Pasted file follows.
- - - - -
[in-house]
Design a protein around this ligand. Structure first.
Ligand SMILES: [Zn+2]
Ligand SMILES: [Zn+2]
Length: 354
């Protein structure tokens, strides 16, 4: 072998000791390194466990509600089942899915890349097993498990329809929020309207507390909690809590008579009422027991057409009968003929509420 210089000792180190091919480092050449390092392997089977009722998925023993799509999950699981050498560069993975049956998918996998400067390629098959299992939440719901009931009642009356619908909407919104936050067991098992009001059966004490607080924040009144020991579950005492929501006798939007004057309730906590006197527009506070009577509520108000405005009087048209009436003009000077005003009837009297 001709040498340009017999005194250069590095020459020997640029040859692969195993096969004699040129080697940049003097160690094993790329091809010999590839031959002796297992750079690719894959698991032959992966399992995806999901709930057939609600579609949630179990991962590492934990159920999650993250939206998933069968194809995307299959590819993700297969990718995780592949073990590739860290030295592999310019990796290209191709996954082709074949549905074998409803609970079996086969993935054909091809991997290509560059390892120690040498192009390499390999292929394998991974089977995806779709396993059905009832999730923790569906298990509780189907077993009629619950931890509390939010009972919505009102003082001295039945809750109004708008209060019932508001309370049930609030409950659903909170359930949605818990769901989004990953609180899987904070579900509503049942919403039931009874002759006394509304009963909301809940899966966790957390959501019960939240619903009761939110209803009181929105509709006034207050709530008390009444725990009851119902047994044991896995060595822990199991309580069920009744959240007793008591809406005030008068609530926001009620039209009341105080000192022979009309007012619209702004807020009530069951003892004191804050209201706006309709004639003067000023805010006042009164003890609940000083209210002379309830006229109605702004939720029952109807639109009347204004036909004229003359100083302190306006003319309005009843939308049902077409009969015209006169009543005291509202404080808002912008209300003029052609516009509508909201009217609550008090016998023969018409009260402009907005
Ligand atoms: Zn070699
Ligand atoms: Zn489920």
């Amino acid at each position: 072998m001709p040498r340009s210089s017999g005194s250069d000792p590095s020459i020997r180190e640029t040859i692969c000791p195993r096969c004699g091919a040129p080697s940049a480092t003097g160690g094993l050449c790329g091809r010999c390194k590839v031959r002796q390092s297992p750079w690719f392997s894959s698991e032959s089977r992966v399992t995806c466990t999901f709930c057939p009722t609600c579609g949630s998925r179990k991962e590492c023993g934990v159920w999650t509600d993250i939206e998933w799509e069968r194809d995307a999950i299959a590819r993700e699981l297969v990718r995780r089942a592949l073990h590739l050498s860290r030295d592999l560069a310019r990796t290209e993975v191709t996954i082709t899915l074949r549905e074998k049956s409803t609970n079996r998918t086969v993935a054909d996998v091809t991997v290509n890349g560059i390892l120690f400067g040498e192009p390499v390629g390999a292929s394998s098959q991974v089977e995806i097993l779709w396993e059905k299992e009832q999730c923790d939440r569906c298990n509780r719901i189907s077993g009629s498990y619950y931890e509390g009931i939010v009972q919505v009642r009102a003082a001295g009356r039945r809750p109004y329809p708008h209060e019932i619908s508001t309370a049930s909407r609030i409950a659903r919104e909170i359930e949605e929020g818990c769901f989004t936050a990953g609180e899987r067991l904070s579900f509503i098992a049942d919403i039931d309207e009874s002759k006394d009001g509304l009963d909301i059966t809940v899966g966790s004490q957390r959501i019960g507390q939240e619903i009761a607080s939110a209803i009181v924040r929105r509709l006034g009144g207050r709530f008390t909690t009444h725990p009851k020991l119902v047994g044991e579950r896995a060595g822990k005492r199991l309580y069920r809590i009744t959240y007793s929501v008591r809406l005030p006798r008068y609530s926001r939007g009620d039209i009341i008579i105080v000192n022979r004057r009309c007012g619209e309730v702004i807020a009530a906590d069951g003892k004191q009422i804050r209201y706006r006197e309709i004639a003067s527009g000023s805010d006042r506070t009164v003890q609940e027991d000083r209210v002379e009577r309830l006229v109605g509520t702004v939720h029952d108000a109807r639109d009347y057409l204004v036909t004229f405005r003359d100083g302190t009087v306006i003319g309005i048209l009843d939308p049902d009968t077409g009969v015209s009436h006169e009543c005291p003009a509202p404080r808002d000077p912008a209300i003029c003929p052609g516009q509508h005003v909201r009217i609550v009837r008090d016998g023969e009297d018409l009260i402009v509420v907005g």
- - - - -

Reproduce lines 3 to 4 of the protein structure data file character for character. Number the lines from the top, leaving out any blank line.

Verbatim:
Ligand SMILES: [Zn+2]
Ligand SMILES: [Zn+2]